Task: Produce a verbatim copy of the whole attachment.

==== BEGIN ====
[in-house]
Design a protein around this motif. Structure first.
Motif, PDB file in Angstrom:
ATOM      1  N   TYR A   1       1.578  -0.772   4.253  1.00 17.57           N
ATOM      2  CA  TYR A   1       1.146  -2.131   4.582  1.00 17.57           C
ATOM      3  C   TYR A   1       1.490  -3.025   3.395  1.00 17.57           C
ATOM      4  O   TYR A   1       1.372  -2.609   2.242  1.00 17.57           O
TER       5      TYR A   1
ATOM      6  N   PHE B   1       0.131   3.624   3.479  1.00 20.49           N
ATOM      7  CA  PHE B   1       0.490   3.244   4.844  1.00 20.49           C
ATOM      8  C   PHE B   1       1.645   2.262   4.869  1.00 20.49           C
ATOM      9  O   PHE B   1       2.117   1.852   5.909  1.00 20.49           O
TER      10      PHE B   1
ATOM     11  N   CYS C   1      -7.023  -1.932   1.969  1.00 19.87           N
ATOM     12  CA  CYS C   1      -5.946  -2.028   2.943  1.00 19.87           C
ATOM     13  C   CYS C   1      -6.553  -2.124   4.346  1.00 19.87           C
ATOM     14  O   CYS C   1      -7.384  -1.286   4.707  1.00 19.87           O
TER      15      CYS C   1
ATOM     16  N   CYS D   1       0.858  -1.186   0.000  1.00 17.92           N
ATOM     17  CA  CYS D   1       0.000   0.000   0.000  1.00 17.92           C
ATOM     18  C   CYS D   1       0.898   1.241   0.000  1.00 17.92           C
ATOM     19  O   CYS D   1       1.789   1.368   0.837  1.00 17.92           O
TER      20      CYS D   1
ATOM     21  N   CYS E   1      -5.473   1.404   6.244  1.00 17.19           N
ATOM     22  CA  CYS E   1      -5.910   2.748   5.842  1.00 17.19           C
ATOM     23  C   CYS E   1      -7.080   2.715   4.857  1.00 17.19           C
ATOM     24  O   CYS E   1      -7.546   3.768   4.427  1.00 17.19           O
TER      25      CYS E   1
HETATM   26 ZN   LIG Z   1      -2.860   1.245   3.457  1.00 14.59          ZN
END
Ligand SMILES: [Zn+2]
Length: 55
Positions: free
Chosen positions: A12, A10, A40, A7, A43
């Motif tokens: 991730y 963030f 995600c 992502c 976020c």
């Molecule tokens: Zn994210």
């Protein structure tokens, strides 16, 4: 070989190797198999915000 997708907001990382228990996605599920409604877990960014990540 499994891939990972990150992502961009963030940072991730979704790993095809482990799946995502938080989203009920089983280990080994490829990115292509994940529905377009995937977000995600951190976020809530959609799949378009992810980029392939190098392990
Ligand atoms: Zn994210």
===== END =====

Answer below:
[in-house]
Design a protein around this motif. Structure first.
Motif, PDB file in Angstrom:
ATOM      1  N   TYR A   1       1.578  -0.772   4.253  1.00 17.57           N
ATOM      2  CA  TYR A   1       1.146  -2.131   4.582  1.00 17.57           C
ATOM      3  C   TYR A   1       1.490  -3.025   3.395  1.00 17.57           C
ATOM      4  O   TYR A   1       1.372  -2.609   2.242  1.00 17.57           O
TER       5      TYR A   1
ATOM      6  N   PHE B   1       0.131   3.624   3.479  1.00 20.49           N
ATOM      7  CA  PHE B   1       0.490   3.244   4.844  1.00 20.49           C
ATOM      8  C   PHE B   1       1.645   2.262   4.869  1.00 20.49           C
ATOM      9  O   PHE B   1       2.117   1.852   5.909  1.00 20.49           O
TER      10      PHE B   1
ATOM     11  N   CYS C   1      -7.023  -1.932   1.969  1.00 19.87           N
ATOM     12  CA  CYS C   1      -5.946  -2.028   2.943  1.00 19.87           C
ATOM     13  C   CYS C   1      -6.553  -2.124   4.346  1.00 19.87           C
ATOM     14  O   CYS C   1      -7.384  -1.286   4.707  1.00 19.87           O
TER      15      CYS C   1
ATOM     16  N   CYS D   1       0.858  -1.186   0.000  1.00 17.92           N
ATOM     17  CA  CYS D   1       0.000   0.000   0.000  1.00 17.92           C
ATOM     18  C   CYS D   1       0.898   1.241   0.000  1.00 17.92           C
ATOM     19  O   CYS D   1       1.789   1.368   0.837  1.00 17.92           O
TER      20      CYS D   1
ATOM     21  N   CYS E   1      -5.473   1.404   6.244  1.00 17.19           N
ATOM     22  CA  CYS E   1      -5.910   2.748   5.842  1.00 17.19           C
ATOM     23  C   CYS E   1      -7.080   2.715   4.857  1.00 17.19           C
ATOM     24  O   CYS E   1      -7.546   3.768   4.427  1.00 17.19           O
TER      25      CYS E   1
HETATM   26 ZN   LIG Z   1      -2.860   1.245   3.457  1.00 14.59          ZN
END
Ligand SMILES: [Zn+2]
Length: 55
Positions: free
Chosen positions: A12, A10, A40, A7, A43
């Motif tokens: 991730y 963030f 995600c 992502c 976020c």
């Molecule tokens: Zn994210």
């Protein structure tokens, strides 16, 4: 070989190797198999915000 997708907001990382228990996605599920409604877990960014990540 499994891939990972990150992502961009963030940072991730979704790993095809482990799946995502938080989203009920089983280990080994490829990115292509994940529905377009995937977000995600951190976020809530959609799949378009992810980029392939190098392990
Ligand atoms: Zn994210």